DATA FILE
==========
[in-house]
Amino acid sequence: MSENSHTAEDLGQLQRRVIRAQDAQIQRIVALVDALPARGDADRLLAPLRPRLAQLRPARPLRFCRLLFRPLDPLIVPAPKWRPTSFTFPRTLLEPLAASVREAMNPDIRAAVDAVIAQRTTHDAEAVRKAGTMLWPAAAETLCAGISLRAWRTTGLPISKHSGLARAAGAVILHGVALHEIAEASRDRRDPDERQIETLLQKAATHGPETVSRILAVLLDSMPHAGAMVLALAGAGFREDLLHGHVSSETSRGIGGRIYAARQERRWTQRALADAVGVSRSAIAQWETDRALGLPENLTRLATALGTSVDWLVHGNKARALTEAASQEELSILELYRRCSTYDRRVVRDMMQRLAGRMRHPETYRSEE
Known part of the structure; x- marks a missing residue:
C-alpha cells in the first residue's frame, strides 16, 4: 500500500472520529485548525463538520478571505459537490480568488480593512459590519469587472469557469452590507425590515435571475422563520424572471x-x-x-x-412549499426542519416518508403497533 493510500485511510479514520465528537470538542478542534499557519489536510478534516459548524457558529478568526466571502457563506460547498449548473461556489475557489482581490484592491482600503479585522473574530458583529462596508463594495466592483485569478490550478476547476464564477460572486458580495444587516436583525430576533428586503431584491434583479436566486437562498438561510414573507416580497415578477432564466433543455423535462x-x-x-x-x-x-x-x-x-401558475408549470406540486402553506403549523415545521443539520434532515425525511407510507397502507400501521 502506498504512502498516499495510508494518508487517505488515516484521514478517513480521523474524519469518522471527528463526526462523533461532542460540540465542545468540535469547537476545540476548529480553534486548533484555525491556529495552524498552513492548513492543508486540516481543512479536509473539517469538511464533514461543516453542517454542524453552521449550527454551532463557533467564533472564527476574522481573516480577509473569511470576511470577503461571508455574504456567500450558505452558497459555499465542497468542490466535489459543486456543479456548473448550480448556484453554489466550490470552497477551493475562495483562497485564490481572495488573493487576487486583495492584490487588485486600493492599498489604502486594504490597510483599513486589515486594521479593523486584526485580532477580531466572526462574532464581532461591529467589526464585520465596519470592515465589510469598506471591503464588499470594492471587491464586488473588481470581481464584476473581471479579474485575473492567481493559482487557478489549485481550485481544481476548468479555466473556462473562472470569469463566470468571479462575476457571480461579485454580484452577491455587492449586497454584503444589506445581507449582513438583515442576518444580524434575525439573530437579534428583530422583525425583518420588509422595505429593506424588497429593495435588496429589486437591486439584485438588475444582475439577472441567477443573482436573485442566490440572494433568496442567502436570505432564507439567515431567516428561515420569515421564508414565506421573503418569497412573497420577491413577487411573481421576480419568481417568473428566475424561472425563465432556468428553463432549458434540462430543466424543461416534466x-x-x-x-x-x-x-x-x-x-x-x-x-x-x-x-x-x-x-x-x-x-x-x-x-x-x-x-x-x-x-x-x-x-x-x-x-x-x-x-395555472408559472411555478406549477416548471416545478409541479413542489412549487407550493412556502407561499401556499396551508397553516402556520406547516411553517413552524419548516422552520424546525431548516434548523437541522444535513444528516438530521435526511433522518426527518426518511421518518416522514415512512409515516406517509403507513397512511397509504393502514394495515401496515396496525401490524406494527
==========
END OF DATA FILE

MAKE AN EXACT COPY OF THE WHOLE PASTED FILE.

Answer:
[in-house]
Amino acid sequence: MSENSHTAEDLGQLQRRVIRAQDAQIQRIVALVDALPARGDADRLLAPLRPRLAQLRPARPLRFCRLLFRPLDPLIVPAPKWRPTSFTFPRTLLEPLAASVREAMNPDIRAAVDAVIAQRTTHDAEAVRKAGTMLWPAAAETLCAGISLRAWRTTGLPISKHSGLARAAGAVILHGVALHEIAEASRDRRDPDERQIETLLQKAATHGPETVSRILAVLLDSMPHAGAMVLALAGAGFREDLLHGHVSSETSRGIGGRIYAARQERRWTQRALADAVGVSRSAIAQWETDRALGLPENLTRLATALGTSVDWLVHGNKARALTEAASQEELSILELYRRCSTYDRRVVRDMMQRLAGRMRHPETYRSEE
Known part of the structure; x- marks a missing residue:
C-alpha cells in the first residue's frame, strides 16, 4: 500500500472520529485548525463538520478571505459537490480568488480593512459590519469587472469557469452590507425590515435571475422563520424572471x-x-x-x-412549499426542519416518508403497533 493510500485511510479514520465528537470538542478542534499557519489536510478534516459548524457558529478568526466571502457563506460547498449548473461556489475557489482581490484592491482600503479585522473574530458583529462596508463594495466592483485569478490550478476547476464564477460572486458580495444587516436583525430576533428586503431584491434583479436566486437562498438561510414573507416580497415578477432564466433543455423535462x-x-x-x-x-x-x-x-x-401558475408549470406540486402553506403549523415545521443539520434532515425525511407510507397502507400501521 502506498504512502498516499495510508494518508487517505488515516484521514478517513480521523474524519469518522471527528463526526462523533461532542460540540465542545468540535469547537476545540476548529480553534486548533484555525491556529495552524498552513492548513492543508486540516481543512479536509473539517469538511464533514461543516453542517454542524453552521449550527454551532463557533467564533472564527476574522481573516480577509473569511470576511470577503461571508455574504456567500450558505452558497459555499465542497468542490466535489459543486456543479456548473448550480448556484453554489466550490470552497477551493475562495483562497485564490481572495488573493487576487486583495492584490487588485486600493492599498489604502486594504490597510483599513486589515486594521479593523486584526485580532477580531466572526462574532464581532461591529467589526464585520465596519470592515465589510469598506471591503464588499470594492471587491464586488473588481470581481464584476473581471479579474485575473492567481493559482487557478489549485481550485481544481476548468479555466473556462473562472470569469463566470468571479462575476457571480461579485454580484452577491455587492449586497454584503444589506445581507449582513438583515442576518444580524434575525439573530437579534428583530422583525425583518420588509422595505429593506424588497429593495435588496429589486437591486439584485438588475444582475439577472441567477443573482436573485442566490440572494433568496442567502436570505432564507439567515431567516428561515420569515421564508414565506421573503418569497412573497420577491413577487411573481421576480419568481417568473428566475424561472425563465432556468428553463432549458434540462430543466424543461416534466x-x-x-x-x-x-x-x-x-x-x-x-x-x-x-x-x-x-x-x-x-x-x-x-x-x-x-x-x-x-x-x-x-x-x-x-x-x-x-x-395555472408559472411555478406549477416548471416545478409541479413542489412549487407550493412556502407561499401556499396551508397553516402556520406547516411553517413552524419548516422552520424546525431548516434548523437541522444535513444528516438530521435526511433522518426527518426518511421518518416522514415512512409515516406517509403507513397512511397509504393502514394495515401496515396496525401490524406494527